Day 6 - 9: 

Bagan

You will arrive in a bit of a dishevelled state after 24 hours of buses into the lovely area of Bagan.

The ancient town of Bagan is one of Myanmar’s most prized tourist attractions, and is home to where the iconic picture takes place of hot air balloons rising over a temple-littered landscape.  A few days spent exploring the crumbling ruins of the ancient temples is like no other, you just need to grab a bike or an e-scooter and get out into the dusty landscape.  Bagan is undoubtably on the top of any travellers bucket list, and so going in peak season can make the experience a lot less special when shared with so many people, so we would recommend going in January/ February time when the crowds have died down a little.  The street sellers can be a bit annoying too and very persistent, but once you see a sunrise or sunset over Bagan, all the nuances will float away.

On one of the temple roofs watching a sunset

On one of the temple roofs watching a sunset

Entrance to the ‘Bagan Archaeological Zone’ is a steep 25,000 kyat (£13.40) each, and you will be ticketed on your arrival to Bagan.

The sleeper bus will drop you off at the bus station so you will need to get a tuk tuk into town unless you are happy to walk 5km, perhaps in the dark.  The drivers really try to rip you off here, so negotiate hard.  The cheapest we could get a ride for was a pricy 3,000 kyat (£1.60) each and that was on a horse drawn cart!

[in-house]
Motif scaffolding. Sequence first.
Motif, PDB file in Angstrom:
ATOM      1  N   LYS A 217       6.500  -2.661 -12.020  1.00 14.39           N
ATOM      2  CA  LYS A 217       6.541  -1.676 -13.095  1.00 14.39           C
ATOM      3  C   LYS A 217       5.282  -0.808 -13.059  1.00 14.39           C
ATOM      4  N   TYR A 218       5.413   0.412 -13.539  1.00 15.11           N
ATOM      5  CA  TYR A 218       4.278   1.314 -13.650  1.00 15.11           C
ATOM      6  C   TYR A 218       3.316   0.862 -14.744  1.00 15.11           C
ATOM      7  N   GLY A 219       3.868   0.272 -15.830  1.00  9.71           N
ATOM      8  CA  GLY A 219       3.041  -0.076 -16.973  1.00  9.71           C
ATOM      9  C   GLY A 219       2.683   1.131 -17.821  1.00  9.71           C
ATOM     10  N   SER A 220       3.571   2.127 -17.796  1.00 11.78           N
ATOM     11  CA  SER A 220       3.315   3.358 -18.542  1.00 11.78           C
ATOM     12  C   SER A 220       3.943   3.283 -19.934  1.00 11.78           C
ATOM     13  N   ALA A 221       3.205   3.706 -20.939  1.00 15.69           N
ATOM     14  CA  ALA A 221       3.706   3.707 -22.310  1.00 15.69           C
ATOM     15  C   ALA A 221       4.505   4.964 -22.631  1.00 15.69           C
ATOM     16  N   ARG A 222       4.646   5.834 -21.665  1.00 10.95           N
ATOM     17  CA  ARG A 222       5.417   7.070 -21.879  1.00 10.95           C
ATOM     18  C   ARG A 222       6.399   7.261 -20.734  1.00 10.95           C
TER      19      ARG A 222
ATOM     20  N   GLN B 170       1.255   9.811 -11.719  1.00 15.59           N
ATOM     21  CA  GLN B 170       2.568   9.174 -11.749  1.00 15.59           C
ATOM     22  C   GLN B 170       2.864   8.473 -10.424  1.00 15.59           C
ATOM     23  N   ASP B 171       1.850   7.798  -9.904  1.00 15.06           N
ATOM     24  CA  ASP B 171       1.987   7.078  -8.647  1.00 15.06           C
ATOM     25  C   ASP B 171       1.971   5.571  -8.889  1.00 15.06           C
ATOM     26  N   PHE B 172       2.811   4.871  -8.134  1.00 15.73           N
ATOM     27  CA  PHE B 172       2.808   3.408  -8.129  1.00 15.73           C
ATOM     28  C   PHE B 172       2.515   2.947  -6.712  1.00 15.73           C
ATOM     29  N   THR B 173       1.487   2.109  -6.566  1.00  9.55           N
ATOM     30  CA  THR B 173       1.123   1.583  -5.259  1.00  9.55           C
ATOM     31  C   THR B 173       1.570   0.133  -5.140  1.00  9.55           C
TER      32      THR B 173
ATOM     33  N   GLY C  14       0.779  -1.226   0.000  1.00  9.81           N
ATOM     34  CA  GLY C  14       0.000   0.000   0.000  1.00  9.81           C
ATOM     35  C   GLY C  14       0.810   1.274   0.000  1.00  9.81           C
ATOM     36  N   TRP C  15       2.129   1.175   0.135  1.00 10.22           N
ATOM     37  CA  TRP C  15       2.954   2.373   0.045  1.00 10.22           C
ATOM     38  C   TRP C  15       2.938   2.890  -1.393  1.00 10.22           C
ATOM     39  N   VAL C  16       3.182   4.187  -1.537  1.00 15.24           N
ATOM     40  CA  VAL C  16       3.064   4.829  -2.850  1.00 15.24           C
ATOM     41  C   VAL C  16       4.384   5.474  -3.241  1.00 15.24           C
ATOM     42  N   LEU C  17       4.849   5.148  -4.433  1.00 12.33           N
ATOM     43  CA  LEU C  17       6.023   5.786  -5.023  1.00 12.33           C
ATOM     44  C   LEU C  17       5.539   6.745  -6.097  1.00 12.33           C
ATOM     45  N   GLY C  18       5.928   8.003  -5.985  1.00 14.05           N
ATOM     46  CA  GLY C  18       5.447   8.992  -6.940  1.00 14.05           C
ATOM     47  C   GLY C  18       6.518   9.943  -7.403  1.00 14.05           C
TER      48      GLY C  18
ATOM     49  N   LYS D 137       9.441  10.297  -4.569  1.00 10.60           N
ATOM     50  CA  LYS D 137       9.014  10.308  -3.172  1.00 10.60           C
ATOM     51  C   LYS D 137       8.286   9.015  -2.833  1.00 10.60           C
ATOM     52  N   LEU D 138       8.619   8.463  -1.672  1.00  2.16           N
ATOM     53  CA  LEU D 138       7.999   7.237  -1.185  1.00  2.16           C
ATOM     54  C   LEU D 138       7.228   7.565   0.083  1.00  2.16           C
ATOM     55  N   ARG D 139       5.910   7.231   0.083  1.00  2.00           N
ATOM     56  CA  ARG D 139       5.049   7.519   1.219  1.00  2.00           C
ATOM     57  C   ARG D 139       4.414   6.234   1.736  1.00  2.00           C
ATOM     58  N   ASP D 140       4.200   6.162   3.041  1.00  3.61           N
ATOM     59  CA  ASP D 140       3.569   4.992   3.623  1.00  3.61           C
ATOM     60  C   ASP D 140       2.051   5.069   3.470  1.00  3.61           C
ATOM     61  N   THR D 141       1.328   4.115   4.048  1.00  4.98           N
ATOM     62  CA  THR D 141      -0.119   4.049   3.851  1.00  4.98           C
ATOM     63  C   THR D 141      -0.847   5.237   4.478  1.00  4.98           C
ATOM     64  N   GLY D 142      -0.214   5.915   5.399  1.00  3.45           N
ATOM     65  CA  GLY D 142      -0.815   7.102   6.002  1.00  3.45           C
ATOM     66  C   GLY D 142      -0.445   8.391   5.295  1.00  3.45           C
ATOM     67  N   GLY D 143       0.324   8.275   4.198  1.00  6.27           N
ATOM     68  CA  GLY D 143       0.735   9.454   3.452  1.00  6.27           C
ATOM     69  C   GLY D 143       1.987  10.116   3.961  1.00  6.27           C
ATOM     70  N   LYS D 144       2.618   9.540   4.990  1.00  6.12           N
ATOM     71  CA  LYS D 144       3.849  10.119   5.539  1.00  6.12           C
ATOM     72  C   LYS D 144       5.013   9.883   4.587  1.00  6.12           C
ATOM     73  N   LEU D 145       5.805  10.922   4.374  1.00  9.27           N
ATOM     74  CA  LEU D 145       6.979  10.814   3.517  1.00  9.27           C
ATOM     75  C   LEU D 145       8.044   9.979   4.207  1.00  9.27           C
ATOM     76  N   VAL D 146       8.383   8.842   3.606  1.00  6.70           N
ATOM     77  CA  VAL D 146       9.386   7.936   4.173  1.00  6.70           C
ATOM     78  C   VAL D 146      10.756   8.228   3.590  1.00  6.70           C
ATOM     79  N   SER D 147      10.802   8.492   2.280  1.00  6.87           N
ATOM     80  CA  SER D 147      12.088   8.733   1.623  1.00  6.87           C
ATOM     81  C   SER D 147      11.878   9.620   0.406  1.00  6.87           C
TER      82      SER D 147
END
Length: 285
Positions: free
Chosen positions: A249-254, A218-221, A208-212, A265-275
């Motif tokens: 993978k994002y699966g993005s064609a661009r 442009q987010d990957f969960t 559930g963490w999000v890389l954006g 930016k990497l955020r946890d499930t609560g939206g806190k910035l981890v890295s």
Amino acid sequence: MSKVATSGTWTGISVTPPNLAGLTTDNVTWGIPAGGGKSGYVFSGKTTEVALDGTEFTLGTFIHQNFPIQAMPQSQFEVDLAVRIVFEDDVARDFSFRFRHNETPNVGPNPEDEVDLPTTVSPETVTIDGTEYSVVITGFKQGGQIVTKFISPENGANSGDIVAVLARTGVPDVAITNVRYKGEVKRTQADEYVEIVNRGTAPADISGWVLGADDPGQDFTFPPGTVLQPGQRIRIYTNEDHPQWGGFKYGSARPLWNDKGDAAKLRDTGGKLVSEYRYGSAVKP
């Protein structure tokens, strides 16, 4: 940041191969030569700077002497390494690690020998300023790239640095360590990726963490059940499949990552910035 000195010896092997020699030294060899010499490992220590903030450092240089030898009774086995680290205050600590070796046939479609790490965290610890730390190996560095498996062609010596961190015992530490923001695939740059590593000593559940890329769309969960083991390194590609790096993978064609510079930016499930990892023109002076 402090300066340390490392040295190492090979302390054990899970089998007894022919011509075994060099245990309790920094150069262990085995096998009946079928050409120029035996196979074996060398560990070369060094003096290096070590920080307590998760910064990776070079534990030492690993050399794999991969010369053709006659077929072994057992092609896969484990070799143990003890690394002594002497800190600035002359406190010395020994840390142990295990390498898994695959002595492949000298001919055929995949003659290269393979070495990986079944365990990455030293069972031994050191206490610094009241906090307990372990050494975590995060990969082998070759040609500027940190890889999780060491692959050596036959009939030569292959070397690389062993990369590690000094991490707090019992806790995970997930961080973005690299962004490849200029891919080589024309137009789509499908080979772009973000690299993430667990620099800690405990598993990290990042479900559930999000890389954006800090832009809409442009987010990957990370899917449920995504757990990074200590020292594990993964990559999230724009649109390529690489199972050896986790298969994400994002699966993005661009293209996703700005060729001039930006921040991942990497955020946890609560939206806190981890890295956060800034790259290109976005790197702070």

When you arrive in Bagan, get your hostel or one of the agents on the main road to book your onward bus journey to Mandalay on day 9 at around lunch time.  The journey takes around 5 hours and costs 9,000 kyat (£4.80).

 

What To Do

The main thing to do in Bagan is to explore the temples at ground level, so either hire a cycle bike or E-bike daily from your hostel or a rental shop on the main strip.  Expect to pay around 1,500-2,000 kyat (80p - £1.07) for a push bike and 8,000 kyat (£4.27) for an E-bike per day.  If you are hiring a cycle bike then you may want to check that it has lights because you will be out in the dark almost every day either before sunrise or after sundown.

li exploring inside the ancient temples

li exploring inside the ancient temples

In recent years, tourists have been allowed to climb up inside of the temples and walk around the upper levels to watch the sunset.  In 2017 however, the government decided that they no longer wanted this to happen because of the damage being caused and so it is no longer allowed.  Although there are still temples that the stairwells have been left open on, so every day the tourists ride around trying to find these temples to bag themselves a good spot for watching sun down later on.  It’s half the fun of cycling round, trying to find a temple that’s still open that you can go up.  The security don’t generally seem to mind that you are up there, they just occasionally pop round to check that everyone has paid for an entrance pass.